The Great Gatsby is a novel written by American author F. Scott Fitzgerald and first published in 1925. It follows a cast of characters living in the fictional town of West Egg on prosperous Long Island in the summer of 1922. The story primarily concerns the young and mysterious millionaire Jay Gatsby and his quixotic passion for the beautiful Daisy Buchanan. Considered to be Fitzgerald’s magnum opus, The Great Gatsby explores themes of decadence, idealism, resistance to change, social upheaval, and excess, creating a portrait of the Jazz Age or the Roaring Twenties that has been described as a cautionary tale regarding the American Dream. Francis Scott Key Fitzgerald (1896 – 1940) was an American author of novels and short stories, whose works are the paradigmatic writings of the Jazz Age, a term he coined. He is widely regarded as one of the greatest American writers of the 20th century.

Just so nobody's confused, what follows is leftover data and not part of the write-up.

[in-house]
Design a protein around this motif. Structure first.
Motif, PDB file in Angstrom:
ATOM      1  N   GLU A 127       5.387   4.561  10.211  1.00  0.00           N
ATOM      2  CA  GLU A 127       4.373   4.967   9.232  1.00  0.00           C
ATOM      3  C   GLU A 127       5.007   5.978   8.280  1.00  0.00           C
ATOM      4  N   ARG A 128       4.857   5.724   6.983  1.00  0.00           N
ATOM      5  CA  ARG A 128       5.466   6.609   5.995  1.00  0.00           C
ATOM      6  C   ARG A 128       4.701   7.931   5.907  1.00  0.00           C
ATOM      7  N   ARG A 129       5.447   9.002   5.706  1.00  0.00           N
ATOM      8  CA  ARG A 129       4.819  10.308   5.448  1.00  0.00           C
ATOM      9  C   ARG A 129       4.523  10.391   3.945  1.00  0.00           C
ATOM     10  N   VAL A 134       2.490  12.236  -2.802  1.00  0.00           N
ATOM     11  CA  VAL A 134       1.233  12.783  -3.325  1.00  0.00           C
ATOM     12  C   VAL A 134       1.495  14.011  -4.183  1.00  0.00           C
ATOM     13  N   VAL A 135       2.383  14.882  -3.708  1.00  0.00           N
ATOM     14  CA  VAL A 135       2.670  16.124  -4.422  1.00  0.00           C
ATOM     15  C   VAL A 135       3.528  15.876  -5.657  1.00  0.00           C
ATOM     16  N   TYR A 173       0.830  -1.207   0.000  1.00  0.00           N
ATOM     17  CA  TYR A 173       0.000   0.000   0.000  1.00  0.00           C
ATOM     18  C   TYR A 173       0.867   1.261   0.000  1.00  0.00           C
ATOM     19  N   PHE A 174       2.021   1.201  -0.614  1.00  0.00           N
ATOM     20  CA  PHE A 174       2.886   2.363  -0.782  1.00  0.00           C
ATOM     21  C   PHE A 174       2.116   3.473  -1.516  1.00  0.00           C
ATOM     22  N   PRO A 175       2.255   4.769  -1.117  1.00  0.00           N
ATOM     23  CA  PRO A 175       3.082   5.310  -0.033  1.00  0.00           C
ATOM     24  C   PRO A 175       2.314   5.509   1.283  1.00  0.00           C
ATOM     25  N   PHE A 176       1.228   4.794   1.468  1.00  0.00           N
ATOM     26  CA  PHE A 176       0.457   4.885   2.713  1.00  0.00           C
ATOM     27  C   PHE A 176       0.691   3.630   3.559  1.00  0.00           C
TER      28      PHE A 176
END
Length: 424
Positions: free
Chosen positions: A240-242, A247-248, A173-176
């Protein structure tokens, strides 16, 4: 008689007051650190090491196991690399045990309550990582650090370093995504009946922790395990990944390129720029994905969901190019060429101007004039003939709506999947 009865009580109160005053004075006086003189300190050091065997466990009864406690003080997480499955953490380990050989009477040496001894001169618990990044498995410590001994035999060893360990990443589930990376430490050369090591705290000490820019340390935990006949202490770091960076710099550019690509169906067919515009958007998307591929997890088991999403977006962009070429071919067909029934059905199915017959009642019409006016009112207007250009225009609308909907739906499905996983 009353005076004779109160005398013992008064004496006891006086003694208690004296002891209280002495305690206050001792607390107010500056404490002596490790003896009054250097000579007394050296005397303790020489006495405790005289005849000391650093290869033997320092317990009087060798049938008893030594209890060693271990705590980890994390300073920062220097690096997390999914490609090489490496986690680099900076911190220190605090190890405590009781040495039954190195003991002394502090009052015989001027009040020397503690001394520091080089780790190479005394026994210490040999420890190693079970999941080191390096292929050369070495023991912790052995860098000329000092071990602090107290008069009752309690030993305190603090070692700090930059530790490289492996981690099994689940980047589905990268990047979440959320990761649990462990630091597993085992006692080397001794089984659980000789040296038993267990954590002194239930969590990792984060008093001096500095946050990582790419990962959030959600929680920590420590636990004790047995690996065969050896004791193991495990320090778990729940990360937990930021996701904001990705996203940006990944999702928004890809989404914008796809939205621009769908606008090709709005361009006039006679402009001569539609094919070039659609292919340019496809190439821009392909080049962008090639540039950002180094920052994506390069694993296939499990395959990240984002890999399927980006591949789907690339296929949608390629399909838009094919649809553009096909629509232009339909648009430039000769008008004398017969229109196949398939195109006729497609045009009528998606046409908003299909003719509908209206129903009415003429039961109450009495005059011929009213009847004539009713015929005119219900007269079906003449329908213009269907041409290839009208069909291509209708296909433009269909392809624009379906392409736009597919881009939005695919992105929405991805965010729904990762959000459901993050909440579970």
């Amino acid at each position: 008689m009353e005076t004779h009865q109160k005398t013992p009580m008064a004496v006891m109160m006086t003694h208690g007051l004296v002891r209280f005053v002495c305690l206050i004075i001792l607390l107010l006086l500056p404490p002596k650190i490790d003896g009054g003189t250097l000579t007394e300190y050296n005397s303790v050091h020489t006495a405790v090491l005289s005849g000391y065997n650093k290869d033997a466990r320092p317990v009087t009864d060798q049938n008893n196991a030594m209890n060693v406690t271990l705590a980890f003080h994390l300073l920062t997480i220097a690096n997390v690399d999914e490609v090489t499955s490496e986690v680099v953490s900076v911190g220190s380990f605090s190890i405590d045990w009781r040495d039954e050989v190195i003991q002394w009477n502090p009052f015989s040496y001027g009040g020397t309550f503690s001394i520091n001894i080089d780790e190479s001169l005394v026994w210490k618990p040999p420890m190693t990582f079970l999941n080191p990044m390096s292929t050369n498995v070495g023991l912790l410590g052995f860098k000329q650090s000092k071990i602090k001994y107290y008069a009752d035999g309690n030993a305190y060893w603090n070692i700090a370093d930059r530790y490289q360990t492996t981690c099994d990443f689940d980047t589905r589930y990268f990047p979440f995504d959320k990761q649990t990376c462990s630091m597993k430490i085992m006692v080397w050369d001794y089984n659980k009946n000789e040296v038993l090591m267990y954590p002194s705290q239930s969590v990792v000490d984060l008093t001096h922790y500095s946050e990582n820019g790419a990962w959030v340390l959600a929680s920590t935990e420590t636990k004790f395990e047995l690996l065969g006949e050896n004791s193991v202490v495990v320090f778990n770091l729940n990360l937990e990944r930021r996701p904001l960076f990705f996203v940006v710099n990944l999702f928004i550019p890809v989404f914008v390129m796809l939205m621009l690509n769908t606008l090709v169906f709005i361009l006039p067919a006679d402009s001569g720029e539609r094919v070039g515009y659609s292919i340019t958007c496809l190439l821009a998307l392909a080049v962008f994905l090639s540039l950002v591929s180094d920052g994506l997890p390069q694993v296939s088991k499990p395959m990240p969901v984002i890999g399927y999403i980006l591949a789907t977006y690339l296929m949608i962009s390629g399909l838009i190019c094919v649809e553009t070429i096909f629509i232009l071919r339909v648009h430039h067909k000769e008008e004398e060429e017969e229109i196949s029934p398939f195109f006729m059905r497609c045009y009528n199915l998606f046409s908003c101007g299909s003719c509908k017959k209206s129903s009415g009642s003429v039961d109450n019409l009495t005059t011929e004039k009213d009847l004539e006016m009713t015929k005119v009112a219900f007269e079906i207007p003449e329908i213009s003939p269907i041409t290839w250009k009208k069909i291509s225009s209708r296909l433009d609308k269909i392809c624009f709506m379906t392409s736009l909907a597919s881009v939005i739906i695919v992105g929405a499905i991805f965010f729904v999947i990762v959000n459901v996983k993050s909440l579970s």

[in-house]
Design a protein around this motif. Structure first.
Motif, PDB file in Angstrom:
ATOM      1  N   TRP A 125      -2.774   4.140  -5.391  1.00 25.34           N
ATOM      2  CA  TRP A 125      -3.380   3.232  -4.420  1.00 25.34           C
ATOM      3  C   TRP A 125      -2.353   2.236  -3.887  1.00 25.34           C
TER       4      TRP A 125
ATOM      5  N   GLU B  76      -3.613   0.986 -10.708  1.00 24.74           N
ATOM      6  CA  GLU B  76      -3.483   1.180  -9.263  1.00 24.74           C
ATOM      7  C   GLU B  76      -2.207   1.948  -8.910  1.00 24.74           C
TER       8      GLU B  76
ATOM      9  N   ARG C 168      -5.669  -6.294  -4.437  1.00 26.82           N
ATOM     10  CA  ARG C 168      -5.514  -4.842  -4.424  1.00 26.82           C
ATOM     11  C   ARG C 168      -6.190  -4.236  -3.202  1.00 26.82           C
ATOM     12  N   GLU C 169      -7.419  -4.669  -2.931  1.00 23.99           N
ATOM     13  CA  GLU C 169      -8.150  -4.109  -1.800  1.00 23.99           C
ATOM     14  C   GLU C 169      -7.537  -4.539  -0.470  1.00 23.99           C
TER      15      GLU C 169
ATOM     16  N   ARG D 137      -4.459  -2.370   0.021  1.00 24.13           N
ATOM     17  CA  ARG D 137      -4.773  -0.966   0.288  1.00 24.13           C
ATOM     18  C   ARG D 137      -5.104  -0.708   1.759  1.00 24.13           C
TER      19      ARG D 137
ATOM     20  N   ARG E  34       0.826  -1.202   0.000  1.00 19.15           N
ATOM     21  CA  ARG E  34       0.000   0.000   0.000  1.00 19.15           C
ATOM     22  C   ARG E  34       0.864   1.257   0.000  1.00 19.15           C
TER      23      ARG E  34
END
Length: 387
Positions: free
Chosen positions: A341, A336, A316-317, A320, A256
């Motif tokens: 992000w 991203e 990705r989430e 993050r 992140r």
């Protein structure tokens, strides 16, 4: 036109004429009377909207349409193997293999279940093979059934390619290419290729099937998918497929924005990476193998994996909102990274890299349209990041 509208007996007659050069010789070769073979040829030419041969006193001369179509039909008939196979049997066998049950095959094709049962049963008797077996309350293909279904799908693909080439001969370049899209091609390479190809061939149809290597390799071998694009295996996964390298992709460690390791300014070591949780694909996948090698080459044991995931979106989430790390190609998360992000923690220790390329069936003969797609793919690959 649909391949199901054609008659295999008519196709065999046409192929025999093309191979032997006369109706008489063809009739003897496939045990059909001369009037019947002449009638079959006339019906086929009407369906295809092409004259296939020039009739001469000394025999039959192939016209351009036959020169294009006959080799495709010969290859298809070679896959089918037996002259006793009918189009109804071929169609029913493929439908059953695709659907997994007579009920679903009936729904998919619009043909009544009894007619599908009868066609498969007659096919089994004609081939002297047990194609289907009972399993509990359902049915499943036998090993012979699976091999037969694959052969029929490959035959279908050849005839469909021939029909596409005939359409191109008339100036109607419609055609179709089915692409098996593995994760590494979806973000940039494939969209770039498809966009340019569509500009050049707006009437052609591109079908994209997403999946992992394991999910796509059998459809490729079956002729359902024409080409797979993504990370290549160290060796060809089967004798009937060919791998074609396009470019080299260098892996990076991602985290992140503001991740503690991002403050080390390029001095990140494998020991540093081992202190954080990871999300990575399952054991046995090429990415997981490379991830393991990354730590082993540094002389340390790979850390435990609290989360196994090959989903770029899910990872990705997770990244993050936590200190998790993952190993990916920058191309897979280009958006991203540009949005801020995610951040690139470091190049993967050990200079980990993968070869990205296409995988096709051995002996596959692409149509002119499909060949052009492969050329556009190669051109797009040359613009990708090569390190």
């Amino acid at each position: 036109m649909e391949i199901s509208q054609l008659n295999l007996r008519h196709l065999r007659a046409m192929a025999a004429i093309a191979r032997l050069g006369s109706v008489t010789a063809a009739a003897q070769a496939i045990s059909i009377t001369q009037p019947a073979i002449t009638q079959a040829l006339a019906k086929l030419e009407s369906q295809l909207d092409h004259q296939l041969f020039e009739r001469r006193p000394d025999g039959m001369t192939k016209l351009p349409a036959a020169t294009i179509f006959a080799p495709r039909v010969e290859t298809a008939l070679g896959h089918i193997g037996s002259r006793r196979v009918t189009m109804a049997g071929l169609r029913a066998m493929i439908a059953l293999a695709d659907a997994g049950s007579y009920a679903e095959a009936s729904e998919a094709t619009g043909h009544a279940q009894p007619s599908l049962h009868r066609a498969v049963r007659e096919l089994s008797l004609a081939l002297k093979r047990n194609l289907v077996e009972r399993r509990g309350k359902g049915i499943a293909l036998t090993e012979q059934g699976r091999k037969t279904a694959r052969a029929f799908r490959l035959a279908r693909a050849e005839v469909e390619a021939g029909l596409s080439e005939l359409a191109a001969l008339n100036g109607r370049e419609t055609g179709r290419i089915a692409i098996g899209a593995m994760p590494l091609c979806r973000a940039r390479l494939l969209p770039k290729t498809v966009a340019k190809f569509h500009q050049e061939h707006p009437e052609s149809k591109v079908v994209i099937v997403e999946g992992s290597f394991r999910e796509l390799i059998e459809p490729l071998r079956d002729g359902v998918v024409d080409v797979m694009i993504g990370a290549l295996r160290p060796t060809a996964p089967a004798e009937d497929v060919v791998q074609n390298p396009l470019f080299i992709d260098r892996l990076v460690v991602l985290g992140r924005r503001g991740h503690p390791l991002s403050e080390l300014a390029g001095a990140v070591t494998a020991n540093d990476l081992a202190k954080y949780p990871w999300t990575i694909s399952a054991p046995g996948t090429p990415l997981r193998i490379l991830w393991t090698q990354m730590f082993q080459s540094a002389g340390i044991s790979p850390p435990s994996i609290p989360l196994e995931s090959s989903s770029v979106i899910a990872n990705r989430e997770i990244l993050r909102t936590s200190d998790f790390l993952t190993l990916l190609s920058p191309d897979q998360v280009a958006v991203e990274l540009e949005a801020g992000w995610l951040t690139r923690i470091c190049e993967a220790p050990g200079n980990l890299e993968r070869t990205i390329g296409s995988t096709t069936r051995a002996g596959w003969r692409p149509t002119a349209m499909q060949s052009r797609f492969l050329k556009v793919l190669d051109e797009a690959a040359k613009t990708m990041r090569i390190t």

About the Author
Francis Scott Fitzgerald (born September 24, 1896, died December 21, 1940), known professionally as F. Scott Fitzgerald, was an American novelist and short story writer, whose works are the paradigmatic writings of the Jazz Age. He is widely regarded as one of the greatest American writers of the 20th century.